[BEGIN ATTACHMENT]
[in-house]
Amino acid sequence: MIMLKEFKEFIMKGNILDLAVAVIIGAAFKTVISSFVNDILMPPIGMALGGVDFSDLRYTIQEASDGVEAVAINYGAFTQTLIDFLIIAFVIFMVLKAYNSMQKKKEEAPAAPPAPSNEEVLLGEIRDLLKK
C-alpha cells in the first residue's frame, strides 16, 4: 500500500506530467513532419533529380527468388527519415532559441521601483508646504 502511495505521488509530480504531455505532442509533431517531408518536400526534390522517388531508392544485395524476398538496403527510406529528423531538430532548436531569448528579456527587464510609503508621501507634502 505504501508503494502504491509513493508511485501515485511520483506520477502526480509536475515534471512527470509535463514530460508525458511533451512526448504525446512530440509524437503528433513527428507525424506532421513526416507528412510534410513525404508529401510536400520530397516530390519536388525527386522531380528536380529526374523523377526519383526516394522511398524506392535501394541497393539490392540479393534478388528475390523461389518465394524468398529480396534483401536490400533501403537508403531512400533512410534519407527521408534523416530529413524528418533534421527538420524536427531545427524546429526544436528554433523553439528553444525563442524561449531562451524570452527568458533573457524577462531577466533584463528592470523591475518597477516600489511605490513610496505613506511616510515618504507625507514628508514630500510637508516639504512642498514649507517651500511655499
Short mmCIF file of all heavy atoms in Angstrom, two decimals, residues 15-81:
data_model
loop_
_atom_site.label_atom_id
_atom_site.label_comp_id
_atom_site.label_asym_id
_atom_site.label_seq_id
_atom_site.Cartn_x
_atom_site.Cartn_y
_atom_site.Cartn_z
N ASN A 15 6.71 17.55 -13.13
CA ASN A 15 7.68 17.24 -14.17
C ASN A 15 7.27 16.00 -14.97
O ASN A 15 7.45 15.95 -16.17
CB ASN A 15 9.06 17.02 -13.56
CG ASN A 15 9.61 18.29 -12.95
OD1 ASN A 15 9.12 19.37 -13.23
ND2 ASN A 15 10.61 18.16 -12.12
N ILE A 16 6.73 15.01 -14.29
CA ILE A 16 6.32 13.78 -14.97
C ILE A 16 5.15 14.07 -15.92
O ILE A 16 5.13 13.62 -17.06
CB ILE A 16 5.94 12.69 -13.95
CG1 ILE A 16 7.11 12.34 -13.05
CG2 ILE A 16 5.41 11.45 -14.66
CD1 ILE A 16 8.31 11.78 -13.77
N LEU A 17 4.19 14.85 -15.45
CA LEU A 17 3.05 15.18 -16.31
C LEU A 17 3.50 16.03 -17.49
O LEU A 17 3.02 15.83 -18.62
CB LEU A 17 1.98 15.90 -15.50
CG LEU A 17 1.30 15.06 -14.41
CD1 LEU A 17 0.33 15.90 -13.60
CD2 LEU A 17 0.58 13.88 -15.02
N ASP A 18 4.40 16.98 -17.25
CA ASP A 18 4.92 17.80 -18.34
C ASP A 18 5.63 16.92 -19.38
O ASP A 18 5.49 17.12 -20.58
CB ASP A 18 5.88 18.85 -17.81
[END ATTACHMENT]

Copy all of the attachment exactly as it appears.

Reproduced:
[in-house]
Amino acid sequence: MIMLKEFKEFIMKGNILDLAVAVIIGAAFKTVISSFVNDILMPPIGMALGGVDFSDLRYTIQEASDGVEAVAINYGAFTQTLIDFLIIAFVIFMVLKAYNSMQKKKEEAPAAPPAPSNEEVLLGEIRDLLKK
C-alpha cells in the first residue's frame, strides 16, 4: 500500500506530467513532419533529380527468388527519415532559441521601483508646504 502511495505521488509530480504531455505532442509533431517531408518536400526534390522517388531508392544485395524476398538496403527510406529528423531538430532548436531569448528579456527587464510609503508621501507634502 505504501508503494502504491509513493508511485501515485511520483506520477502526480509536475515534471512527470509535463514530460508525458511533451512526448504525446512530440509524437503528433513527428507525424506532421513526416507528412510534410513525404508529401510536400520530397516530390519536388525527386522531380528536380529526374523523377526519383526516394522511398524506392535501394541497393539490392540479393534478388528475390523461389518465394524468398529480396534483401536490400533501403537508403531512400533512410534519407527521408534523416530529413524528418533534421527538420524536427531545427524546429526544436528554433523553439528553444525563442524561449531562451524570452527568458533573457524577462531577466533584463528592470523591475518597477516600489511605490513610496505613506511616510515618504507625507514628508514630500510637508516639504512642498514649507517651500511655499
Short mmCIF file of all heavy atoms in Angstrom, two decimals, residues 15-81:
data_model
loop_
_atom_site.label_atom_id
_atom_site.label_comp_id
_atom_site.label_asym_id
_atom_site.label_seq_id
_atom_site.Cartn_x
_atom_site.Cartn_y
_atom_site.Cartn_z
N ASN A 15 6.71 17.55 -13.13
CA ASN A 15 7.68 17.24 -14.17
C ASN A 15 7.27 16.00 -14.97
O ASN A 15 7.45 15.95 -16.17
CB ASN A 15 9.06 17.02 -13.56
CG ASN A 15 9.61 18.29 -12.95
OD1 ASN A 15 9.12 19.37 -13.23
ND2 ASN A 15 10.61 18.16 -12.12
N ILE A 16 6.73 15.01 -14.29
CA ILE A 16 6.32 13.78 -14.97
C ILE A 16 5.15 14.07 -15.92
O ILE A 16 5.13 13.62 -17.06
CB ILE A 16 5.94 12.69 -13.95
CG1 ILE A 16 7.11 12.34 -13.05
CG2 ILE A 16 5.41 11.45 -14.66
CD1 ILE A 16 8.31 11.78 -13.77
N LEU A 17 4.19 14.85 -15.45
CA LEU A 17 3.05 15.18 -16.31
C LEU A 17 3.50 16.03 -17.49
O LEU A 17 3.02 15.83 -18.62
CB LEU A 17 1.98 15.90 -15.50
CG LEU A 17 1.30 15.06 -14.41
CD1 LEU A 17 0.33 15.90 -13.60
CD2 LEU A 17 0.58 13.88 -15.02
N ASP A 18 4.40 16.98 -17.25
CA ASP A 18 4.92 17.80 -18.34
C ASP A 18 5.63 16.92 -19.38
O ASP A 18 5.49 17.12 -20.58
CB ASP A 18 5.88 18.85 -17.81